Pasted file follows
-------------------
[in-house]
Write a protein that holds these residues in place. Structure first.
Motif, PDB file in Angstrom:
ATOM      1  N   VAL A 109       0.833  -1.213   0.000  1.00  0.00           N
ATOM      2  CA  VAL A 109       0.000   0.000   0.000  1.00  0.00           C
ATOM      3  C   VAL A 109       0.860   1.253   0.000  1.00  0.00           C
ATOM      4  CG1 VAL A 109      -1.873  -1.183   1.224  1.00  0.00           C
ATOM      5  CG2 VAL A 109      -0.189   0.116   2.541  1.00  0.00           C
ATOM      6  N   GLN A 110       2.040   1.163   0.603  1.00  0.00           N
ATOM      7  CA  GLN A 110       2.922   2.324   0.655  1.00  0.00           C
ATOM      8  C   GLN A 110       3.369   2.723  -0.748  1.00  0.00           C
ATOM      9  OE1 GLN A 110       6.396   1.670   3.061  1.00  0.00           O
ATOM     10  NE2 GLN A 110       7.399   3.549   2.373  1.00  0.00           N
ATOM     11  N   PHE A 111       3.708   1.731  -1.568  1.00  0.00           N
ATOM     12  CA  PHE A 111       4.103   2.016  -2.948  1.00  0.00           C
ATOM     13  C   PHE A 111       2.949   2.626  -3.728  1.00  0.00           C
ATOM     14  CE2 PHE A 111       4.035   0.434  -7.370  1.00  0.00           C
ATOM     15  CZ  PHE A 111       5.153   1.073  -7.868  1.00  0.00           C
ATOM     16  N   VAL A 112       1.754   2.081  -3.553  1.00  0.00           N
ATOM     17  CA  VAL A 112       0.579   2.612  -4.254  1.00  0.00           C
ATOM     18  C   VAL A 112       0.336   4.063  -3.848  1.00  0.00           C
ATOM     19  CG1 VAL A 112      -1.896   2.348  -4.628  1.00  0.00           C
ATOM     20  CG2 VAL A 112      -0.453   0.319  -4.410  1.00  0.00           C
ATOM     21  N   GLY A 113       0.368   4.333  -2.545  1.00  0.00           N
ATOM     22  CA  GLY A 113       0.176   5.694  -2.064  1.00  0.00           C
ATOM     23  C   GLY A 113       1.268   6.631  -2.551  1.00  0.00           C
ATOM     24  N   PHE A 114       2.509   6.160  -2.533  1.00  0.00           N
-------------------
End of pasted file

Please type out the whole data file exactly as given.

[in-house]
Write a protein that holds these residues in place. Structure first.
Motif, PDB file in Angstrom:
ATOM      1  N   VAL A 109       0.833  -1.213   0.000  1.00  0.00           N
ATOM      2  CA  VAL A 109       0.000   0.000   0.000  1.00  0.00           C
ATOM      3  C   VAL A 109       0.860   1.253   0.000  1.00  0.00           C
ATOM      4  CG1 VAL A 109      -1.873  -1.183   1.224  1.00  0.00           C
ATOM      5  CG2 VAL A 109      -0.189   0.116   2.541  1.00  0.00           C
ATOM      6  N   GLN A 110       2.040   1.163   0.603  1.00  0.00           N
ATOM      7  CA  GLN A 110       2.922   2.324   0.655  1.00  0.00           C
ATOM      8  C   GLN A 110       3.369   2.723  -0.748  1.00  0.00           C
ATOM      9  OE1 GLN A 110       6.396   1.670   3.061  1.00  0.00           O
ATOM     10  NE2 GLN A 110       7.399   3.549   2.373  1.00  0.00           N
ATOM     11  N   PHE A 111       3.708   1.731  -1.568  1.00  0.00           N
ATOM     12  CA  PHE A 111       4.103   2.016  -2.948  1.00  0.00           C
ATOM     13  C   PHE A 111       2.949   2.626  -3.728  1.00  0.00           C
ATOM     14  CE2 PHE A 111       4.035   0.434  -7.370  1.00  0.00           C
ATOM     15  CZ  PHE A 111       5.153   1.073  -7.868  1.00  0.00           C
ATOM     16  N   VAL A 112       1.754   2.081  -3.553  1.00  0.00           N
ATOM     17  CA  VAL A 112       0.579   2.612  -4.254  1.00  0.00           C
ATOM     18  C   VAL A 112       0.336   4.063  -3.848  1.00  0.00           C
ATOM     19  CG1 VAL A 112      -1.896   2.348  -4.628  1.00  0.00           C
ATOM     20  CG2 VAL A 112      -0.453   0.319  -4.410  1.00  0.00           C
ATOM     21  N   GLY A 113       0.368   4.333  -2.545  1.00  0.00           N
ATOM     22  CA  GLY A 113       0.176   5.694  -2.064  1.00  0.00           C
ATOM     23  C   GLY A 113       1.268   6.631  -2.551  1.00  0.00           C
ATOM     24  N   PHE A 114       2.509   6.160  -2.533  1.00  0.00           N